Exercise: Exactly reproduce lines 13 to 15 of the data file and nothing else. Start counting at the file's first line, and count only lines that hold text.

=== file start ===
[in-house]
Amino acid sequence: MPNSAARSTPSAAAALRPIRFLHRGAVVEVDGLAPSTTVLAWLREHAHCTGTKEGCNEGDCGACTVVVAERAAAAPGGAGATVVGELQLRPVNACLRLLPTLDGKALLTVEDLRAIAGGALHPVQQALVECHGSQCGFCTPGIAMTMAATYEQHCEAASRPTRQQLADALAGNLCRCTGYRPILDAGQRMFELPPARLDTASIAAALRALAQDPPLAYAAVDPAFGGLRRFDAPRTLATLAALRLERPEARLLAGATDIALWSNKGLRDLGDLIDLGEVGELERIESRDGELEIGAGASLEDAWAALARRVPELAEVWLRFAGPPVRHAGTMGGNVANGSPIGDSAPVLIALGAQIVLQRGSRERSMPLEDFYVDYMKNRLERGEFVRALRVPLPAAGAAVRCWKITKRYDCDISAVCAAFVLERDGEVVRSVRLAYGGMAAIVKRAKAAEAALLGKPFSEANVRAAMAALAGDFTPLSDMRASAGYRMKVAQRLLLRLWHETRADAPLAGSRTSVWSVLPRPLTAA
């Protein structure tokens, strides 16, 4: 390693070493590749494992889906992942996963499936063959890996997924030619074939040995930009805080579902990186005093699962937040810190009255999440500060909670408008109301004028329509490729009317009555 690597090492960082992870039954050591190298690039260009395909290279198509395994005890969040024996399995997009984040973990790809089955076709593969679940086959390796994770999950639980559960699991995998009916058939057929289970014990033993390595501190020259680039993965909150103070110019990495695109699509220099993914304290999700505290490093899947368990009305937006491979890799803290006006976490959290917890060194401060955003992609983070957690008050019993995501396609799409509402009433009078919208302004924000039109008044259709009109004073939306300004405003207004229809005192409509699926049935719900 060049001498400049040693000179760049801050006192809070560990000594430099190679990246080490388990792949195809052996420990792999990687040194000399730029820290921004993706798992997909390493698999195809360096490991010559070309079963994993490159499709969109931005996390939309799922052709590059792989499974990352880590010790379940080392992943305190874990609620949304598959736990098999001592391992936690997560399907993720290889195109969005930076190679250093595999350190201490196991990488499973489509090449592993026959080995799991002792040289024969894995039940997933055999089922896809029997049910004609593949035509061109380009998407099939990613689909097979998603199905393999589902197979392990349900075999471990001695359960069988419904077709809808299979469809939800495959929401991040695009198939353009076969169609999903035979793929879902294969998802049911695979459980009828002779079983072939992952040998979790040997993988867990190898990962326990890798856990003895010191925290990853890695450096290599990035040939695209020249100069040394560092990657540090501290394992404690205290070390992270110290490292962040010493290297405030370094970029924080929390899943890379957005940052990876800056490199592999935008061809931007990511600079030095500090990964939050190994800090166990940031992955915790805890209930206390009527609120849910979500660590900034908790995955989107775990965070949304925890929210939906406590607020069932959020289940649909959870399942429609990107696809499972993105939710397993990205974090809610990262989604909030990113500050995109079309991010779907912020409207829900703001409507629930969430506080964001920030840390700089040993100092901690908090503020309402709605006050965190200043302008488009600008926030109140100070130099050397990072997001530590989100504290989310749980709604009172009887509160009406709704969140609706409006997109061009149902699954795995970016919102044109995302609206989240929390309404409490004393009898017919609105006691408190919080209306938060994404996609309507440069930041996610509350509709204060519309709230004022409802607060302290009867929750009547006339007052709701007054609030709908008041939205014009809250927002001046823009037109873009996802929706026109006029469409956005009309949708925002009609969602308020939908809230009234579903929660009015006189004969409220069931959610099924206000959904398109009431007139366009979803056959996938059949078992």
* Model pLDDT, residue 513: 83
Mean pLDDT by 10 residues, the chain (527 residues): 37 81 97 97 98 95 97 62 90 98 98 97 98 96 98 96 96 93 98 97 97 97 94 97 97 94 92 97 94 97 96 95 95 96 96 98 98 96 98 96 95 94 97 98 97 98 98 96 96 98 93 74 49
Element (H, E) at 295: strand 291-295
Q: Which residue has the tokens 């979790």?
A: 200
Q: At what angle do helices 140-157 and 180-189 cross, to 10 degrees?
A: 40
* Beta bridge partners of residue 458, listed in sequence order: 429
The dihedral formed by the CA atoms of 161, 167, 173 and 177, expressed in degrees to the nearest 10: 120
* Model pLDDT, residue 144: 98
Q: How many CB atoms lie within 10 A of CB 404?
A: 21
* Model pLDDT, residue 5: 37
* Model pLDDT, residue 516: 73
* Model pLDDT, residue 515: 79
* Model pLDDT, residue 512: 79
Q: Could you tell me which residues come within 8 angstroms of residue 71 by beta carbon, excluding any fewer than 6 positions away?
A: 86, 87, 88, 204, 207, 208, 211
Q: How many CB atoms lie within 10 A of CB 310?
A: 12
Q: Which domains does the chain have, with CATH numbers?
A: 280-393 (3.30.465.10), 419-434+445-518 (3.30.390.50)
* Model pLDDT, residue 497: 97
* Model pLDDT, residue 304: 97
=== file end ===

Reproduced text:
* Model pLDDT, residue 144: 98
Q: How many CB atoms lie within 10 A of CB 404?
A: 21